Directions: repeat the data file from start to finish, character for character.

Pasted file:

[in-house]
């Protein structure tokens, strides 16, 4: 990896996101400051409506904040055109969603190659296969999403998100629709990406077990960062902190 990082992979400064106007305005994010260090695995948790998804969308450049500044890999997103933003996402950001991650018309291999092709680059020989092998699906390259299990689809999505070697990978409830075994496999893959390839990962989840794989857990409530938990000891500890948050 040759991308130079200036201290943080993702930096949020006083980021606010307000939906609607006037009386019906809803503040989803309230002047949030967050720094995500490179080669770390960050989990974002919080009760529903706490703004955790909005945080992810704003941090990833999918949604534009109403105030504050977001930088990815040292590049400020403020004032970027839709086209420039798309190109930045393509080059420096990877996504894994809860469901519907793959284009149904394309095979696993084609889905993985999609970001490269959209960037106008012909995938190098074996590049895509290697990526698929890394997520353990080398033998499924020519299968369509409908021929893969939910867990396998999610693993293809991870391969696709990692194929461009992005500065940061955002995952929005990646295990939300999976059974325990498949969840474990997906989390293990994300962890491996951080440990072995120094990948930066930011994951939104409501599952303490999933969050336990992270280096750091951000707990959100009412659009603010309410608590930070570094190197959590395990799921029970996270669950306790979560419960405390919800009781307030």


[in-house]
């Protein structure tokens, strides 16, 4: 990896996101400051409506904040055109969603190659296969999403998100629709990406077990960062902190 990082992979400064106007305005994010260090695995948790998804969308450049500044890999997103933003996402950001991650018309291999092709680059020989092998699906390259299990689809999505070697990978409830075994496999893959390839990962989840794989857990409530938990000891500890948050 040759991308130079200036201290943080993702930096949020006083980021606010307000939906609607006037009386019906809803503040989803309230002047949030967050720094995500490179080669770390960050989990974002919080009760529903706490703004955790909005945080992810704003941090990833999918949604534009109403105030504050977001930088990815040292590049400020403020004032970027839709086209420039798309190109930045393509080059420096990877996504894994809860469901519907793959284009149904394309095979696993084609889905993985999609970001490269959209960037106008012909995938190098074996590049895509290697990526698929890394997520353990080398033998499924020519299968369509409908021929893969939910867990396998999610693993293809991870391969696709990692194929461009992005500065940061955002995952929005990646295990939300999976059974325990498949969840474990997906989390293990994300962890491996951080440990072995120094990948930066930011994951939104409501599952303490999933969050336990992270280096750091951000707990959100009412659009603010309410608590930070570094190197959590395990799921029970996270669950306790979560419960405390919800009781307030």